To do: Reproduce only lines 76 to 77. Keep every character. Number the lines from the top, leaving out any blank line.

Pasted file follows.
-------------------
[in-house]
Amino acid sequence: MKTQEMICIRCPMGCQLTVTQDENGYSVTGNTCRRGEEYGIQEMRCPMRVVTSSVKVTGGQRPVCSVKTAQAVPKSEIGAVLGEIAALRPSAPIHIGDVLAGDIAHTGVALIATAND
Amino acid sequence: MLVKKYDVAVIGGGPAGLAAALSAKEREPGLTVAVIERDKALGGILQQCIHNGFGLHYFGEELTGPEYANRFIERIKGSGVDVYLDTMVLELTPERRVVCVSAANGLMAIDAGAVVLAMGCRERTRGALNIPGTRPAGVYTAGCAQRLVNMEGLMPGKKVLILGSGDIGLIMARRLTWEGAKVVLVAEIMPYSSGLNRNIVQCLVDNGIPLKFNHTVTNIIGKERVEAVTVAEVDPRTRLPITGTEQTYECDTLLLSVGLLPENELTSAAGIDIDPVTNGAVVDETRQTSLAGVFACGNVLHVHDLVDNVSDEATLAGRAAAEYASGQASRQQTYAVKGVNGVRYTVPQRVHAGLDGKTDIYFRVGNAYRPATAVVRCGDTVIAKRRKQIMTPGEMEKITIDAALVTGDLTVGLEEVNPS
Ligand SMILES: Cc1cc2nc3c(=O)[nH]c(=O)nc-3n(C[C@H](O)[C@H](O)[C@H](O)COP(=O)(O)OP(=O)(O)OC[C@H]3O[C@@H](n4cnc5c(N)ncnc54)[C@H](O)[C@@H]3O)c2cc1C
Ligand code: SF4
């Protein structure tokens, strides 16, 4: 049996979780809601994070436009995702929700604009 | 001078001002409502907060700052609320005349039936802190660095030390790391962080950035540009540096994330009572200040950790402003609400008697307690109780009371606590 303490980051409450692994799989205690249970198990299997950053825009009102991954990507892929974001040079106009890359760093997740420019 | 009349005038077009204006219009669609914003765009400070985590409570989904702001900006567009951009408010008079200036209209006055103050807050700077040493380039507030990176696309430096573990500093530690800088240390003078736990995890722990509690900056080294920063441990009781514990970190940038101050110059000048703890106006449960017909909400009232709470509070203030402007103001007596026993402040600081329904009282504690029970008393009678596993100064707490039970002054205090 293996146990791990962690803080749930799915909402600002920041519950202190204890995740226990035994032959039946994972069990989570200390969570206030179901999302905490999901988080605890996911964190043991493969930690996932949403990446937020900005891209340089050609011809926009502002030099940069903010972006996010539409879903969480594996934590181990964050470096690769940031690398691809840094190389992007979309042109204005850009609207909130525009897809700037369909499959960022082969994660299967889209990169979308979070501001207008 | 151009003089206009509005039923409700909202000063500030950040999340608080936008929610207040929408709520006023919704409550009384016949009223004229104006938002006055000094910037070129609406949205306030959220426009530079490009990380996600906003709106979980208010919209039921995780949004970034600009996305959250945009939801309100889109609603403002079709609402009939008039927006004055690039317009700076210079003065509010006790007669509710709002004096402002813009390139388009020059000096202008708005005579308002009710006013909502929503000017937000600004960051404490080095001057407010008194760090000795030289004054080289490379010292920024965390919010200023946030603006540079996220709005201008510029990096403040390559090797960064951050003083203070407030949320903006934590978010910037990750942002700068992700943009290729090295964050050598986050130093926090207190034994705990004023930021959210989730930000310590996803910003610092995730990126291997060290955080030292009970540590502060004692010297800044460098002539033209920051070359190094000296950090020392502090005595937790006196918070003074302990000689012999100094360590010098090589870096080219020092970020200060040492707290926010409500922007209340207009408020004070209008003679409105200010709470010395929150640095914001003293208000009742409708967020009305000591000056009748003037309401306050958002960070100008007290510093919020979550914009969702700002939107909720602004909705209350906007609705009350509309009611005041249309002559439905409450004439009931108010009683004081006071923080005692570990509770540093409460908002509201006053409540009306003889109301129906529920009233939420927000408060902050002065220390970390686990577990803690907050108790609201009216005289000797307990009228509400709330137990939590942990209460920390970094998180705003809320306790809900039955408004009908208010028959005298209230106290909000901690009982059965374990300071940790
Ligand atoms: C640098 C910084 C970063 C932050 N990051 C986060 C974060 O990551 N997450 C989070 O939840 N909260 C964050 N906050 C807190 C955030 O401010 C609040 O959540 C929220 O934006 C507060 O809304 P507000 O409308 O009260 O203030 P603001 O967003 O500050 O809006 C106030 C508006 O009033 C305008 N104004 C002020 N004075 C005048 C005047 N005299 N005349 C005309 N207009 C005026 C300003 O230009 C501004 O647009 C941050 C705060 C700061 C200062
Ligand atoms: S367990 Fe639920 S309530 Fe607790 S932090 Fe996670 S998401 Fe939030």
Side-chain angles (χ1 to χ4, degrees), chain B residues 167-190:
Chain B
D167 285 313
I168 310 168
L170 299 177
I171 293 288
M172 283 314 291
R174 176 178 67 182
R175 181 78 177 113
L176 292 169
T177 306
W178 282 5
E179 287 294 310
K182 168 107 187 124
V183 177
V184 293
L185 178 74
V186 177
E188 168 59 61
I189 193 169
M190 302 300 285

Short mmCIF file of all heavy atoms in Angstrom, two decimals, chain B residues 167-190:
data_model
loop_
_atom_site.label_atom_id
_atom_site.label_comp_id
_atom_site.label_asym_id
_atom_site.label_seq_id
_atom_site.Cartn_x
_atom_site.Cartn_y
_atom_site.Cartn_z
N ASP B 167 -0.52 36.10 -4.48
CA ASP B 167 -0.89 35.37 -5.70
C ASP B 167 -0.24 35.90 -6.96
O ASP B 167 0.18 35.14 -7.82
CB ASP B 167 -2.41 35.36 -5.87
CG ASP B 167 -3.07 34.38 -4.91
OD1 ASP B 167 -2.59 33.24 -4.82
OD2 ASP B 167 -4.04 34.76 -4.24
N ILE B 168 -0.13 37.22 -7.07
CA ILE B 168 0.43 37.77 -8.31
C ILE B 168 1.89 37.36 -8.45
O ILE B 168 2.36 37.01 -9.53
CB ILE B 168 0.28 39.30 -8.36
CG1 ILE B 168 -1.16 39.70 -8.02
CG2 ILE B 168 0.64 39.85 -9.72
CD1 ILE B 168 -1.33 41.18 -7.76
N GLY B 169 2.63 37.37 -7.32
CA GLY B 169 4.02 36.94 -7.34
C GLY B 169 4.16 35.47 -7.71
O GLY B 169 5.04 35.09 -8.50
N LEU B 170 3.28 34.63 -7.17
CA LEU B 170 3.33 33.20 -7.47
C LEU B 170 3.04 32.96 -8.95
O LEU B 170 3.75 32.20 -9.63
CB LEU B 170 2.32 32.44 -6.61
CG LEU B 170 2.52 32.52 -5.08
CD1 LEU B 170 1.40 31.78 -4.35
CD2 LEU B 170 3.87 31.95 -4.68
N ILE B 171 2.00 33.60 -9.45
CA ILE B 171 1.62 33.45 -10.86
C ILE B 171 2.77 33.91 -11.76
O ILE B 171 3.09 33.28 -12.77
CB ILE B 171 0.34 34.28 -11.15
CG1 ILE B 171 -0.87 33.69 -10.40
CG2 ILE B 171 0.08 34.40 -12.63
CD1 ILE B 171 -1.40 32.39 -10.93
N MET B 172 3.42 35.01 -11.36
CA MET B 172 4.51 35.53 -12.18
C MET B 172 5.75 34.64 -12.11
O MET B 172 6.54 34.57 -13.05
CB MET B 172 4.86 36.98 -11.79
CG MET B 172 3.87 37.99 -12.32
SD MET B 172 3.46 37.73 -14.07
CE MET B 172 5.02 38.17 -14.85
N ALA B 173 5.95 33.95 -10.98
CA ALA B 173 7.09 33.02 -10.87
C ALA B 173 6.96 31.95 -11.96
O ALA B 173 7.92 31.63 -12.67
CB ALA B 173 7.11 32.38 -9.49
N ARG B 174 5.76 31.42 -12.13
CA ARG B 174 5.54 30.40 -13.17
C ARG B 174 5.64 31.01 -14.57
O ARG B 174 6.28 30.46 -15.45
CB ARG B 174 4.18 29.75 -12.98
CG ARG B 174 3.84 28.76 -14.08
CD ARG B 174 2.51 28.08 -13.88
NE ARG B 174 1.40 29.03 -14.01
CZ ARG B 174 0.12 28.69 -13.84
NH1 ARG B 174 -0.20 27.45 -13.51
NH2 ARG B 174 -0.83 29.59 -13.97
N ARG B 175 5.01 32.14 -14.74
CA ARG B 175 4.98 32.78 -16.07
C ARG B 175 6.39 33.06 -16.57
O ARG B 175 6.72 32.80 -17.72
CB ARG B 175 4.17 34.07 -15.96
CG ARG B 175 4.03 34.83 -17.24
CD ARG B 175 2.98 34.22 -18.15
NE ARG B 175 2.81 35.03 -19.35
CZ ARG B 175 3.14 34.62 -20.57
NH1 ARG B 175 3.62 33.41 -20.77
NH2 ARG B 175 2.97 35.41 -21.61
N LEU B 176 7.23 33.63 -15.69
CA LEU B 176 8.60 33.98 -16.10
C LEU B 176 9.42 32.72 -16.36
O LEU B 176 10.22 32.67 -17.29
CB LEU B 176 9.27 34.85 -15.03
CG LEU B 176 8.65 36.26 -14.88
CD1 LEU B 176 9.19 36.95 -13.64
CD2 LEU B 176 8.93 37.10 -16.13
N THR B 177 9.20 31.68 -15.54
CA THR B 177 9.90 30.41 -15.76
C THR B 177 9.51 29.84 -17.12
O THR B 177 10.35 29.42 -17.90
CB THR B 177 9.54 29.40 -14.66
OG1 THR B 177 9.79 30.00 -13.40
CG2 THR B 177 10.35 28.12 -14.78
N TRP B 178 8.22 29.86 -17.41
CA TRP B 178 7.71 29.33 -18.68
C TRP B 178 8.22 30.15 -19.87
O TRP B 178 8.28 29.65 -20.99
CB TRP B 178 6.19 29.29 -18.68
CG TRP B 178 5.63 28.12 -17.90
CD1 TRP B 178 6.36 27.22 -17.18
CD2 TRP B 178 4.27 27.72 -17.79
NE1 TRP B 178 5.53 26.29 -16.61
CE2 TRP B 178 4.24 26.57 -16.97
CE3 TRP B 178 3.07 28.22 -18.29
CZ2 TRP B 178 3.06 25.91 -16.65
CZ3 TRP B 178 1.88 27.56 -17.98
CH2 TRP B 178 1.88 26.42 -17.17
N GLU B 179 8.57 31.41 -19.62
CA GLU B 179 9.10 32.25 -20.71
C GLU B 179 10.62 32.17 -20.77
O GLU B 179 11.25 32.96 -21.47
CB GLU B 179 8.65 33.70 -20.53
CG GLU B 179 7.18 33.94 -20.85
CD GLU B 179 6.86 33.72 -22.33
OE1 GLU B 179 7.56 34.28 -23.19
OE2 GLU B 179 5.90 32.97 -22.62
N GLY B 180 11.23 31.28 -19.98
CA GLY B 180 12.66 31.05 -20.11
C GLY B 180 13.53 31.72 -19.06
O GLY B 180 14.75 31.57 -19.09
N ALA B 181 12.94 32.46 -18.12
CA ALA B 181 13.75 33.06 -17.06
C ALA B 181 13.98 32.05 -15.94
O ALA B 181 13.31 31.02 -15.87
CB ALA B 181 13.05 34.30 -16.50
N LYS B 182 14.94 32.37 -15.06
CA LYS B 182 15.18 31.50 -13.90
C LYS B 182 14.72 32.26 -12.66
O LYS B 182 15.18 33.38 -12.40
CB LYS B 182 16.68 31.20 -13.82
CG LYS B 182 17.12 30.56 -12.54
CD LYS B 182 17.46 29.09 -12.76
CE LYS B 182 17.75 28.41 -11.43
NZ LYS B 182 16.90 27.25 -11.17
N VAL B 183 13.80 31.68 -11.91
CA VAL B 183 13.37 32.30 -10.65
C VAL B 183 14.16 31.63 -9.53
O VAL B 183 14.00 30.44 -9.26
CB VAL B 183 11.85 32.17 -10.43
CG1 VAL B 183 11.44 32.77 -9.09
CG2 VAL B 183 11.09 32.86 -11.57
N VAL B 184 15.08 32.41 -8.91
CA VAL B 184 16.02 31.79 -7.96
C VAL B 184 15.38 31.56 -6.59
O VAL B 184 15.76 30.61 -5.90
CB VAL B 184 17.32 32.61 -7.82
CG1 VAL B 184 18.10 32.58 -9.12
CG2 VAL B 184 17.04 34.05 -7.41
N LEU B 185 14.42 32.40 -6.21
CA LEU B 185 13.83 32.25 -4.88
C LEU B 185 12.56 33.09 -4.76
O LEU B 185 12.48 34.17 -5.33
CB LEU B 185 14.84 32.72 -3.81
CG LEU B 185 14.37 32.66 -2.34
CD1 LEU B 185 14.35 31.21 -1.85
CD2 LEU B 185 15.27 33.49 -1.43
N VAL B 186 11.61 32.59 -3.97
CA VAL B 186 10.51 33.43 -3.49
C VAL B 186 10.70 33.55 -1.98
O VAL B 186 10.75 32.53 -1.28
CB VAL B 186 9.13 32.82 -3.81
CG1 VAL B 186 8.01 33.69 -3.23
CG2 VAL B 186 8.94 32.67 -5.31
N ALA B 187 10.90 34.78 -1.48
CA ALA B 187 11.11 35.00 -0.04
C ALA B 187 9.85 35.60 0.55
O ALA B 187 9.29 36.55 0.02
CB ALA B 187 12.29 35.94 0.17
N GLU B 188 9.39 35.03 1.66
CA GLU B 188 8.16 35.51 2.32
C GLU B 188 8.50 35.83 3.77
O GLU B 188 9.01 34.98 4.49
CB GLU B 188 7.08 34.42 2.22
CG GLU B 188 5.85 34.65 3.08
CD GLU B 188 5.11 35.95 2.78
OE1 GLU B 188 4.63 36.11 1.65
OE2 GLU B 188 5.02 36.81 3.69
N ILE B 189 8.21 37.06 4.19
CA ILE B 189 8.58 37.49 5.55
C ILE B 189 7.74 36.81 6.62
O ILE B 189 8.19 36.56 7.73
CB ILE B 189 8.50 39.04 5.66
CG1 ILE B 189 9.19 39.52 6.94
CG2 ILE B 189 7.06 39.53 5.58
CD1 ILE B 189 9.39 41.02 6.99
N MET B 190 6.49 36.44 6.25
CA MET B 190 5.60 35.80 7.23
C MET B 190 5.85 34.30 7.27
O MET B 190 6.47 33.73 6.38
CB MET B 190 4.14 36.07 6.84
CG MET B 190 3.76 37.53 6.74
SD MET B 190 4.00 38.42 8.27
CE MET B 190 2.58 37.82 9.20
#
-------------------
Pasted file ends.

N MET B 172 3.42 35.01 -11.36
CA MET B 172 4.51 35.53 -12.18